In the example above, we’ve set up the system so that the rule adds a score of +10, but that’s up to you. A realistic option could also be automatically pausing the transaction while it’s sent for manual review.

Machine Learning Rules for Fraud Detection

Last but not least, we can look at what happens when you have a system designed to learn programmatically from your previous fraud cases. 

Such a system is built on artificial intelligence and the idea is simply that it can analyze copious amounts of data to spot suspicious patterns as they emerge. The system will then make suggestions that are relevant to you only.

Of course, AI (or machine learning in our case) won’t know if the rules are good or not. You’ll need to manually review and test them yourself – either on historic data or on live data in a sandbox environment.

On the SEON platform, the machine learning engine runs in real-time and gathers data from transactions and scoring as it happens.

As a result, the more you use it, the more accurate the suggestions are going to be – while their remain easily explainable thanks to the whitebox nature of the module.

Benefits of a Rules-Based Fraud Prevention Solution

As you can see from the examples above, rule-based fraud prevention varies greatly depending on the kind of rules you deploy. However, there are undeniable benefits, including:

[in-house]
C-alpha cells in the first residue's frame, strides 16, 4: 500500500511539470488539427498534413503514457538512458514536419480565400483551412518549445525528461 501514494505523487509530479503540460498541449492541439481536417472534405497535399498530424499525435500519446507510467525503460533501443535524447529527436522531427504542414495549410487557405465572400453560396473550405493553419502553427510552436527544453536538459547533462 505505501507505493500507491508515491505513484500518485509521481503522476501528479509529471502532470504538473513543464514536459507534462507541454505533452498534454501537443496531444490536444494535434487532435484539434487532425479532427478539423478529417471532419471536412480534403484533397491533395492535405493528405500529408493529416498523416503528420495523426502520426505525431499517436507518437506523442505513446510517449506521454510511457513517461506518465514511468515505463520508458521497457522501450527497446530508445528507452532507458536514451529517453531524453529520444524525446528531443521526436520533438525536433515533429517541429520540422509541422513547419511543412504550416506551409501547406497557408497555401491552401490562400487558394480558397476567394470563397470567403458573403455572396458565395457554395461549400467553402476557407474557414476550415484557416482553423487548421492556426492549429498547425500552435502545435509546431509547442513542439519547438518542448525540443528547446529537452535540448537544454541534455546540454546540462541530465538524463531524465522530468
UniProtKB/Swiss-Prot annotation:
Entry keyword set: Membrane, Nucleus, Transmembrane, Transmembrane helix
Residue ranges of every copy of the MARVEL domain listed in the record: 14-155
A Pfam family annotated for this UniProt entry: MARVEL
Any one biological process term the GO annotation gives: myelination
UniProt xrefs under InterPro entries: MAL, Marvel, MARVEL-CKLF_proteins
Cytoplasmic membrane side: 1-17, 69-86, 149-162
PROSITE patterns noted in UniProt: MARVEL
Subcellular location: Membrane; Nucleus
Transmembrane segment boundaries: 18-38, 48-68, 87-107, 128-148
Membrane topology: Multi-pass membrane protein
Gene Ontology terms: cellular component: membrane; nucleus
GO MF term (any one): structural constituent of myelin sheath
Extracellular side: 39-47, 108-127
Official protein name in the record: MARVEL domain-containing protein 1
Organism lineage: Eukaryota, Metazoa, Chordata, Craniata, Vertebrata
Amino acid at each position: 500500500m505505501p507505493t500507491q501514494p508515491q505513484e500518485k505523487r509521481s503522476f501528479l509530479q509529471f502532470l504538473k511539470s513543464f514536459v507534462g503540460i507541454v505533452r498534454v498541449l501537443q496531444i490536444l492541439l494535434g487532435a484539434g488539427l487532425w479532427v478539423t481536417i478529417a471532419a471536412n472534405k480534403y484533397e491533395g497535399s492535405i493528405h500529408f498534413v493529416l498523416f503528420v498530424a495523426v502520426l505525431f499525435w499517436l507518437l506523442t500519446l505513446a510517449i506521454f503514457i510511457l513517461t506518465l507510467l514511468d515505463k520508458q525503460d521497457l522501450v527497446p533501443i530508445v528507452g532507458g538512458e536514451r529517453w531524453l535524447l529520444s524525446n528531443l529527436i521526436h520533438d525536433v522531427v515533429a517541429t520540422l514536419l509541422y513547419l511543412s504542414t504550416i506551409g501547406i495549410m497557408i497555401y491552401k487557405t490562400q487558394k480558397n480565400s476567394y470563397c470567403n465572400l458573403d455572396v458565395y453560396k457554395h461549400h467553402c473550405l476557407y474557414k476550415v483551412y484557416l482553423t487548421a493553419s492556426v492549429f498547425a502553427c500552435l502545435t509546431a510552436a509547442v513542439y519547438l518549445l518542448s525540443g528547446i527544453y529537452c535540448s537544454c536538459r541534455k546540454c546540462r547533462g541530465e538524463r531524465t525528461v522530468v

The ability to scale and automate

While it’s possible for a small business to manually review each user action, you can only really scale your fraud prevention strategy by automating checks based on fraud rules.

Dynamic friction

A great benefit of rule-based detection is that you can still manually review cases that fall within a grey area. That means obvious fraudsters are blocked and legitimate users are let through with no friction. To ensure you don’t lose any good customers, you can introduce extra checks for those who require a little extra vetting instead of blocking them outright.

Reduce fraud rates over time

Rule-based fraud prevention is data-driven. This means you can monitor results, set KPIs, and tweak rules to align with your strategy. Thanks to machine learning, you can even get suggestions that are relevant based on your unique business use case.

How to Choose a Rule-Based Fraud Detection Solution

There are as many fraud prevention strategies as there are businesses. Still, some key fundamentals should apply to your rule-based fraud detection solution:

  • Is it effective? Are you getting the results you were hoping for? Some fraud providers favor an approach based on shared blacklists, while others prefer relying on the power of real-time data.